Research Papers:

Cathepsin L secretion by host and neoplastic cells potentiates invasion

Samantha S. Dykes, Henrietta O. Fasanya and Dietmar W. Siemann

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Oncotarget. 2019; 10:5560-5568. https://doi.org/10.18632/oncotarget.27182

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Samantha S. Dykes1, Henrietta O. Fasanya1 and Dietmar W. Siemann1

1 Department of Radiation Oncology, University of Florida, Gainesville, FL, USA

Correspondence to:

Samantha S. Dykes,email: [email protected]

Keywords: breast cancer; macrophage; invasion; cathepsin L

Received: May 23, 2019     Accepted: July 21, 2019     Published: September 17, 2019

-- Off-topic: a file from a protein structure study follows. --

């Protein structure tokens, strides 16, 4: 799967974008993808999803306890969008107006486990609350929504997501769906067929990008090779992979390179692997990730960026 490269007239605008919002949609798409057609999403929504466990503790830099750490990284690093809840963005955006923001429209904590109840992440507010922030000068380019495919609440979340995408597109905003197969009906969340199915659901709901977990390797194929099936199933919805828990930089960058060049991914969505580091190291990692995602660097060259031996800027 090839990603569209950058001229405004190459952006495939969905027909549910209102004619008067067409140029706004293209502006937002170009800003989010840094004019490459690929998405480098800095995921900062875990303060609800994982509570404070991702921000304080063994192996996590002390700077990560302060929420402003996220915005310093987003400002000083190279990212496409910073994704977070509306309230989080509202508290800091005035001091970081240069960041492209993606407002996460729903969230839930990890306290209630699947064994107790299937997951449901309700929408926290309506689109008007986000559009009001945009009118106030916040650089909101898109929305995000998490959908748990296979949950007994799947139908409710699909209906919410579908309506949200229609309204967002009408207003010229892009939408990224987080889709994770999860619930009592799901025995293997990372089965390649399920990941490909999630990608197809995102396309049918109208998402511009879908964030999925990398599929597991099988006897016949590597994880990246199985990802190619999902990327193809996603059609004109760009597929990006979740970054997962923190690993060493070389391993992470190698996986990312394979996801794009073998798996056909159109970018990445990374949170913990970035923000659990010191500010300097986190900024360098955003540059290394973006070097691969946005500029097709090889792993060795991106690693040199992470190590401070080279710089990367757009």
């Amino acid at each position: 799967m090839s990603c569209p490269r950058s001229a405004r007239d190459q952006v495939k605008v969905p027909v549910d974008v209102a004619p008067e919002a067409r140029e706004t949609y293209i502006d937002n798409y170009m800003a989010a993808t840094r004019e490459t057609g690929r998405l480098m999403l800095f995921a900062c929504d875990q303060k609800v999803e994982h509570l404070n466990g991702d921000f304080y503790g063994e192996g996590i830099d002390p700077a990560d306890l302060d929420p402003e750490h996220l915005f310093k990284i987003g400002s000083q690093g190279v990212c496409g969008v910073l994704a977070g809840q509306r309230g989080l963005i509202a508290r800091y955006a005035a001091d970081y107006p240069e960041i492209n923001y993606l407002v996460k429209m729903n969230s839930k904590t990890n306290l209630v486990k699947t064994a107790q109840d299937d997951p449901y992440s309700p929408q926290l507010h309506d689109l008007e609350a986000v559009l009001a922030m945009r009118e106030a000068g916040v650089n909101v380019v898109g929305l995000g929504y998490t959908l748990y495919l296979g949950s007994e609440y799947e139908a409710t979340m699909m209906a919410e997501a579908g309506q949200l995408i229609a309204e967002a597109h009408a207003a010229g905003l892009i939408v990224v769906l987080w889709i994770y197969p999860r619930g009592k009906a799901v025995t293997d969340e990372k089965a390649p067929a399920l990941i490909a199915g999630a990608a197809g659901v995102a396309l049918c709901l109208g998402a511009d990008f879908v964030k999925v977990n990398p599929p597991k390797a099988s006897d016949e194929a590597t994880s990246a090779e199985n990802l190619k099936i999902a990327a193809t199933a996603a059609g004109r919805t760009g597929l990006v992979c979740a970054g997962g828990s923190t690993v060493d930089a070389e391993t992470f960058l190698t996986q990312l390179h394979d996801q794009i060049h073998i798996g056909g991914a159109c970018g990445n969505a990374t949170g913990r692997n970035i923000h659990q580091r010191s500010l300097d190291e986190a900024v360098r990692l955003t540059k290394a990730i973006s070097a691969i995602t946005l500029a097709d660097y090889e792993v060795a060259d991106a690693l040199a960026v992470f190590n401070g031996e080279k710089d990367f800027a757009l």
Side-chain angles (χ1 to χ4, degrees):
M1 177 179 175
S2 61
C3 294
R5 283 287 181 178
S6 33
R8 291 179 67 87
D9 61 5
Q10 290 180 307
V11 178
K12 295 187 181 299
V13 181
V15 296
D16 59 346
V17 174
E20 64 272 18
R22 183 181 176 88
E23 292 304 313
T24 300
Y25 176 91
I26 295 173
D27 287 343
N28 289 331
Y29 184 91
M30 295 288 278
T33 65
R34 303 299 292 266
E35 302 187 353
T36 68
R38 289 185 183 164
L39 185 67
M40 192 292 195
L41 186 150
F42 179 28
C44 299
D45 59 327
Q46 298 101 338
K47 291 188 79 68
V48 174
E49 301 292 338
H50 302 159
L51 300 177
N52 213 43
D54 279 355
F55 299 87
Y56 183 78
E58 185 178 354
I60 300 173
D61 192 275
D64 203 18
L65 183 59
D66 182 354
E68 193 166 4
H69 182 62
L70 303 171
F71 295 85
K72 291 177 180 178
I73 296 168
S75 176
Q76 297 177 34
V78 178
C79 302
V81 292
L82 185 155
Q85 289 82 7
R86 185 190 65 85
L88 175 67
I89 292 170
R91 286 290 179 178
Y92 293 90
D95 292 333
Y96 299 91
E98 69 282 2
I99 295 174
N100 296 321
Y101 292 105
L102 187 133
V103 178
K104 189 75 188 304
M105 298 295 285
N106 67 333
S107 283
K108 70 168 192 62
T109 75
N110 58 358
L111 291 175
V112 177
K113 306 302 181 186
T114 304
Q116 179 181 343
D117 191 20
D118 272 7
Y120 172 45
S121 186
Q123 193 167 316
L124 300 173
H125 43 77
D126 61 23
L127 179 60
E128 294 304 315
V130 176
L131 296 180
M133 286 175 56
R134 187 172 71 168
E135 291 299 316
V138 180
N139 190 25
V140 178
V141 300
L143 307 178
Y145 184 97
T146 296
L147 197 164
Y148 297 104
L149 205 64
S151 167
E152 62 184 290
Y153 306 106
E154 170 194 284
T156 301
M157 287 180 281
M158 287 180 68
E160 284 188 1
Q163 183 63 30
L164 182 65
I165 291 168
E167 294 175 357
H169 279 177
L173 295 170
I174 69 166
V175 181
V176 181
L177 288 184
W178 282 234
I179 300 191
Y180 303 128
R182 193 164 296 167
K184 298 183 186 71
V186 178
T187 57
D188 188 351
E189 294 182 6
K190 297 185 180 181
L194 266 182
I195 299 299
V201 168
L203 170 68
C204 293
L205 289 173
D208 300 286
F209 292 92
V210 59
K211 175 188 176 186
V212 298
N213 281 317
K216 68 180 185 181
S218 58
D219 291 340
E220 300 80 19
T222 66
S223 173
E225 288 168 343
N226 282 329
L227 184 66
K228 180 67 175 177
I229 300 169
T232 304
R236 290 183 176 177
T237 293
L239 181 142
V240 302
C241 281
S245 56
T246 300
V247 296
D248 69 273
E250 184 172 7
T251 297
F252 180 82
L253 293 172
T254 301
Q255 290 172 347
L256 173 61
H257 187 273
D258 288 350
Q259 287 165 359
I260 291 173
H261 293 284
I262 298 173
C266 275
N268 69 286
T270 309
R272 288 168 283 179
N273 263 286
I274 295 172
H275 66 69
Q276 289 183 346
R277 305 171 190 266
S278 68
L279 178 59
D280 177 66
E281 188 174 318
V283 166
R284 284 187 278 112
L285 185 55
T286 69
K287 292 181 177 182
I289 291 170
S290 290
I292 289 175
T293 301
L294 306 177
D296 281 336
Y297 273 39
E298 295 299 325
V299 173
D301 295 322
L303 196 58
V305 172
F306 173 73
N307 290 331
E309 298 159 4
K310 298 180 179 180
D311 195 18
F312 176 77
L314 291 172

The presence of macrophages within breast tumors correlates with metastatic potential. These tumor-associated macrophages often take on a pro-tumorigenic (M2-like) phenotype resulting in the secretion of growth factors and proteases, including the lysosomal protease cathepsin L. Since cathepsin L also is frequently secreted by breast cancer cells and contributes to tumor invasion, metastasis, and angiogenesis, we hypothesized that secretion of cathepsin L by both tumor-associated macrophages and neoplastic cells would facilitate the metastatic phenotype. Our results showed that the novel cathepsin L/K inhibitors KGP94 and KGP207 could inhibit in vitro M2 macrophage invasion and reduce the macrophage-stimulated invasion of 4T1 murine breast cancer cells. KGP94 and KGP207 treatment also reduced the expression of several M2-associated markers, suggesting that cathepsin L activity may be important for IL-4-driven M0 to M2 differentiation. In addition, cathepsin L shRNA knockdown studies revealed that cathepsin L from both the tumor cell and the macrophage population is important for tumor cell invasion. Thus our data suggest that tumor cells and macrophages may both contribute to the cathepsin L-driven metastatic phenotype of breast cancer. Taken together, these studies highlight the importance of cathepsin L in macrophage functions and suggest that cathepsin inhibition strategies may be therapeutically beneficial by impairing the progression of tumors with high infiltration of M2 macrophages.

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